Opinion | Susan Knopf: Keep us safe and reelect FitzSimons | SummitDaily.com
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Opinion | Susan Knopf: Keep us safe and reelect FitzSimons

The sheriff’s election is a lot like asking why the sixth grade class president shouldn’t be the superintendent of the school district. 

Experience, training and community relationships are essential elements that make a great county sheriff. We’re very fortunate because Sheriff Jaime FitzSimons doesn’t just tick all the boxes, he gets an “A” in every category.

Experience. He has more than five times the law enforcement experience of the guy running against him. FitzSimons has worked in our Sheriff’s Office 18 years. He served for 12 years, before being appointed sheriff in May 2016. In 2016, he ran in a special election. To get on cycle, he was reelected again in 2018. If we continue to like his work, he can be reelected to two more four-year terms. 



“The sheriff is considered by many to be the most powerful elected official in the county,” FitzSimons said. “Do the voters want to risk putting a trainee in the seat?” 

Consider the fires we’ve had in Summit County. I’ve heard friends say that we got lucky. Did we? Or did we have superbly coordinated services? We have great firefighters who fought the blazes and protected our homes and our lives. Those services are coordinated with other agencies, including the Sheriff’s Office. FitzSimons repeated frequently in our interview that his agency’s No. 1 priority is to “preserve life and property.”



Training. We are fortunate that FitzSimons believes training is very important. Peace Officer Standards and Training requires deputies to get 24 hours of in-service training. FitzSimons says Summit County deputies get 80-plus hours of training, more than three times the standard. 

FitzSimons expressed pride that his agency has already implemented Colorado Senate Bill 20-217 Enhanced Law Enforcement Standards requiring body cams and dashboard cams. These are important improvements Coloradans demanded following the horrific George Floyd case. 

Community relationships. “I care about the people,” said FitzSimons. I knew that. I can tell by the way he prioritizes his time. I always find him at big public meetings. He comes in, talks to people about their concerns and builds relationships that make our community strong. 

Creativity. It’s not one of the essential elements I named, but it’s FitzSimons secret crime fighting weapon. FitzSimons has long said “mental illness is at the nexus of every crime.” His best crime fighting weapons have been about “harm reduction.”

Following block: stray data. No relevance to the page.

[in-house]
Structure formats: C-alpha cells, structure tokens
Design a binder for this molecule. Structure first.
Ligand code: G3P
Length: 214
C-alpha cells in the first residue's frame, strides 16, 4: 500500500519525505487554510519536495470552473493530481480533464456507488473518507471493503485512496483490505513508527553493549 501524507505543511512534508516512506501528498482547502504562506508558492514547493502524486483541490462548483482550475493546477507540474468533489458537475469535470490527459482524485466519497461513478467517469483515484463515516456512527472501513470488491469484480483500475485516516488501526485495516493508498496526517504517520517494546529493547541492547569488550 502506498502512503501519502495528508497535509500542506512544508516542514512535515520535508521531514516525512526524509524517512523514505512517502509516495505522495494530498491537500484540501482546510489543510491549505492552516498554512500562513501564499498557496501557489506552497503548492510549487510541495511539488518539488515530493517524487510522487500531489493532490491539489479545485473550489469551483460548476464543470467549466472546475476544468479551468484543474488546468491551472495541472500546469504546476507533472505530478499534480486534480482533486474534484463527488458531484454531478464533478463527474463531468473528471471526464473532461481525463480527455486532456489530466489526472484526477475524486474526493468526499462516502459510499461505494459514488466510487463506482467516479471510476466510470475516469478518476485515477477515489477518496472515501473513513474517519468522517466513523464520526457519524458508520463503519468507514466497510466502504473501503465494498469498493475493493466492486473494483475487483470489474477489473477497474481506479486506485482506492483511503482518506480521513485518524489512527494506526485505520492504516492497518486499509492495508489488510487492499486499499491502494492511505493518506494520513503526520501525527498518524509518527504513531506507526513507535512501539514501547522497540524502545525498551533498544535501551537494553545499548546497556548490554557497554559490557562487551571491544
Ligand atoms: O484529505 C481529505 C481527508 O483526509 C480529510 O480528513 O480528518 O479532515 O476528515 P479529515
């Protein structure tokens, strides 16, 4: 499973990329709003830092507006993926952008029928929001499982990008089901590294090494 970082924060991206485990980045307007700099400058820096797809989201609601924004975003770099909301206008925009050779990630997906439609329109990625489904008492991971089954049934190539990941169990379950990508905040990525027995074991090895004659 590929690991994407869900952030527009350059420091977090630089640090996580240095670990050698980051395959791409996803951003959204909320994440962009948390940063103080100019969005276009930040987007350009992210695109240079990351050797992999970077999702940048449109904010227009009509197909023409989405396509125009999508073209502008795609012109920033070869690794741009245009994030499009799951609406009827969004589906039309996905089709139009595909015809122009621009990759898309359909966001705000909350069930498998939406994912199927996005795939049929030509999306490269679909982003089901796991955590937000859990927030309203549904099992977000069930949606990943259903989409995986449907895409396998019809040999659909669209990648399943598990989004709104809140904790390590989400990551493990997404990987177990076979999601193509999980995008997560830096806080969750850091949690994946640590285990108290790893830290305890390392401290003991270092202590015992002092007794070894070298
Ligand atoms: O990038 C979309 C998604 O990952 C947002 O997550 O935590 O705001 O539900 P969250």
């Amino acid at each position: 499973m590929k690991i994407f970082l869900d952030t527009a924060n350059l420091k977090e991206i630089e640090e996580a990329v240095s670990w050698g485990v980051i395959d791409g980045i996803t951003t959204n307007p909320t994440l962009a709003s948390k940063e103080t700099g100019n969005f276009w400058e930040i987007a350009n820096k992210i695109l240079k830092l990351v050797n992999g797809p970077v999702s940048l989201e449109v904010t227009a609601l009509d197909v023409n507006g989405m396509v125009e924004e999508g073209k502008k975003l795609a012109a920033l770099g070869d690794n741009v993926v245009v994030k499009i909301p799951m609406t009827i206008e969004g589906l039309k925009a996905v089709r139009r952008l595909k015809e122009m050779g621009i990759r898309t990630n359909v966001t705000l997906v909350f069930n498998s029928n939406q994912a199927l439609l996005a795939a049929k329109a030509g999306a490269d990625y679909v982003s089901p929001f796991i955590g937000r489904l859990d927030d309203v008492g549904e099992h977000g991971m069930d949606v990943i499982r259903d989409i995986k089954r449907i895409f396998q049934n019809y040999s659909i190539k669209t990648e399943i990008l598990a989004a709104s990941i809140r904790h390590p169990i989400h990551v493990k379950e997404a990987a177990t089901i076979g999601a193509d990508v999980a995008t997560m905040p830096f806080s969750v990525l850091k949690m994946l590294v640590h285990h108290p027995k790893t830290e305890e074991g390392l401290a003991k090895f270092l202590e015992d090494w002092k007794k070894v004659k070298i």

For the record, FitzSimons’ program — the Systemwide Mental Assessment Response Team — is the model for the bill Sen. Michael Bennet introduced to Congress. The program, along with the jailhouse Strategies to Avoid Relapse and Recidivism program, help people get the mental health supports they need to move forward and not return to jail, and the Pretrial Assessment Services and Treatment Program work to keep people out of jail. 

It’s always curious when right-wingers complain about the cost of government and then advocate locking people up. Incarceration is expensive and seldom contributes to making people model citizens. Incarcerated people generally aren’t working and they don’t pay taxes; they consume our taxes. I am for any program that supports low risk offenders staying employed and staying out of jail. 

Supporters of judicial reform often start with the fallacy that monetary bonds protect society. Pretrial assessment gives judges a new tool to assess community risk and insure appearance without taxing those unable to pay. 

A new crime-fighting tool has just been deployed to stop the “influx of illegal drugs” in Summit County. A generous benefactor gave the Sheriff’s Office a dog and has paid for drug interdiction training. The program is just rolling out, but soon Summit County will be helping to stop the flow of illegal drugs running through our county. 

The sheriff’s jurisdiction is 684-square miles. You can’t be everywhere all the time. “Our computer aided dispatch system is designed to dispatch the jurisdictional agency and the closest unit,” FitzSimons said. Sometimes that means a municipal police officer may show up at a county location. It was the closest unit. That way the taxpayers get the best service. 

FitzSimons said he met with local politically active conservatives as he launched his reelection campaign. He says they told him, “Why would we run anyone against you? You’re doing a great job.” This is one time I agree with conservatives in this county. 


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